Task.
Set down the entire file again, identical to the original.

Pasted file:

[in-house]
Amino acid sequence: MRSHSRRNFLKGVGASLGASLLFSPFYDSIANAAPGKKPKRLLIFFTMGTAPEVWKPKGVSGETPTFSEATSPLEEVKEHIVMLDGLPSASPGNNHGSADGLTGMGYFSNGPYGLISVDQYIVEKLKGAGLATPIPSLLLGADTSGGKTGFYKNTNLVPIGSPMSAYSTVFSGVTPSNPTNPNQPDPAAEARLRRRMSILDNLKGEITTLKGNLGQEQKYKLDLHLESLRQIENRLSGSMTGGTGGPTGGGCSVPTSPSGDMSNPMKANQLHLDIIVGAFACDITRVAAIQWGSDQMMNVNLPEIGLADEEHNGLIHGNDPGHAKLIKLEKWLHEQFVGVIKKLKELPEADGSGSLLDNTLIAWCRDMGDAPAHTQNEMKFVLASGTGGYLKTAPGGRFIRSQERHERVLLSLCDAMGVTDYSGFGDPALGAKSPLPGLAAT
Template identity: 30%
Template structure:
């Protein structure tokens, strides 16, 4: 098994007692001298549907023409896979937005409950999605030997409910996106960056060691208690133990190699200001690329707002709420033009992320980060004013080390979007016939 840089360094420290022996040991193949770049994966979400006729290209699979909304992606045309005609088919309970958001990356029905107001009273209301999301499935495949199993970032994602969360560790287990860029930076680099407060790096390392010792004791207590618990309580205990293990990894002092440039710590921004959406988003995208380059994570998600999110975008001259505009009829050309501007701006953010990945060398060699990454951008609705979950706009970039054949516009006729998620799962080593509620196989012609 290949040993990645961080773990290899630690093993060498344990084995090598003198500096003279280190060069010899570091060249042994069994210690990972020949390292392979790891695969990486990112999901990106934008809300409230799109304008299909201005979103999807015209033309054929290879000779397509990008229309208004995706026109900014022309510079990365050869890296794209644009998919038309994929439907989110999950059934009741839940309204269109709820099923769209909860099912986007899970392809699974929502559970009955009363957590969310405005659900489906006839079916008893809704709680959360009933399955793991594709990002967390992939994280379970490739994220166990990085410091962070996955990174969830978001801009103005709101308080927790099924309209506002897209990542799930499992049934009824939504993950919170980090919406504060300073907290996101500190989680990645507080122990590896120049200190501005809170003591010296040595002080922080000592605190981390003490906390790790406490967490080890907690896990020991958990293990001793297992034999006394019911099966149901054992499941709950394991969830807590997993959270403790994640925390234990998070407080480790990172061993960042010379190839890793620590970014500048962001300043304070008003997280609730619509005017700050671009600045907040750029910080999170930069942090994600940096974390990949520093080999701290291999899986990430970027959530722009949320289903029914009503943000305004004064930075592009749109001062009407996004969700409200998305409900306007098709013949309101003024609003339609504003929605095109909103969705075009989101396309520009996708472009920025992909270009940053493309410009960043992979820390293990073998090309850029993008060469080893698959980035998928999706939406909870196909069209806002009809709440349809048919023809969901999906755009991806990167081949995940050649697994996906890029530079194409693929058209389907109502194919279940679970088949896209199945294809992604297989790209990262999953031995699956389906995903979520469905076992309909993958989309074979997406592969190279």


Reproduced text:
[in-house]
Amino acid sequence: MRSHSRRNFLKGVGASLGASLLFSPFYDSIANAAPGKKPKRLLIFFTMGTAPEVWKPKGVSGETPTFSEATSPLEEVKEHIVMLDGLPSASPGNNHGSADGLTGMGYFSNGPYGLISVDQYIVEKLKGAGLATPIPSLLLGADTSGGKTGFYKNTNLVPIGSPMSAYSTVFSGVTPSNPTNPNQPDPAAEARLRRRMSILDNLKGEITTLKGNLGQEQKYKLDLHLESLRQIENRLSGSMTGGTGGPTGGGCSVPTSPSGDMSNPMKANQLHLDIIVGAFACDITRVAAIQWGSDQMMNVNLPEIGLADEEHNGLIHGNDPGHAKLIKLEKWLHEQFVGVIKKLKELPEADGSGSLLDNTLIAWCRDMGDAPAHTQNEMKFVLASGTGGYLKTAPGGRFIRSQERHERVLLSLCDAMGVTDYSGFGDPALGAKSPLPGLAAT
Template identity: 30%
Template structure:
């Protein structure tokens, strides 16, 4: 098994007692001298549907023409896979937005409950999605030997409910996106960056060691208690133990190699200001690329707002709420033009992320980060004013080390979007016939 840089360094420290022996040991193949770049994966979400006729290209699979909304992606045309005609088919309970958001990356029905107001009273209301999301499935495949199993970032994602969360560790287990860029930076680099407060790096390392010792004791207590618990309580205990293990990894002092440039710590921004959406988003995208380059994570998600999110975008001259505009009829050309501007701006953010990945060398060699990454951008609705979950706009970039054949516009006729998620799962080593509620196989012609 290949040993990645961080773990290899630690093993060498344990084995090598003198500096003279280190060069010899570091060249042994069994210690990972020949390292392979790891695969990486990112999901990106934008809300409230799109304008299909201005979103999807015209033309054929290879000779397509990008229309208004995706026109900014022309510079990365050869890296794209644009998919038309994929439907989110999950059934009741839940309204269109709820099923769209909860099912986007899970392809699974929502559970009955009363957590969310405005659900489906006839079916008893809704709680959360009933399955793991594709990002967390992939994280379970490739994220166990990085410091962070996955990174969830978001801009103005709101308080927790099924309209506002897209990542799930499992049934009824939504993950919170980090919406504060300073907290996101500190989680990645507080122990590896120049200190501005809170003591010296040595002080922080000592605190981390003490906390790790406490967490080890907690896990020991958990293990001793297992034999006394019911099966149901054992499941709950394991969830807590997993959270403790994640925390234990998070407080480790990172061993960042010379190839890793620590970014500048962001300043304070008003997280609730619509005017700050671009600045907040750029910080999170930069942090994600940096974390990949520093080999701290291999899986990430970027959530722009949320289903029914009503943000305004004064930075592009749109001062009407996004969700409200998305409900306007098709013949309101003024609003339609504003929605095109909103969705075009989101396309520009996708472009920025992909270009940053493309410009960043992979820390293990073998090309850029993008060469080893698959980035998928999706939406909870196909069209806002009809709440349809048919023809969901999906755009991806990167081949995940050649697994996906890029530079194409693929058209389907109502194919279940679970088949896209199945294809992604297989790209990262999953031995699956389906995903979520469905076992309909993958989309074979997406592969190279």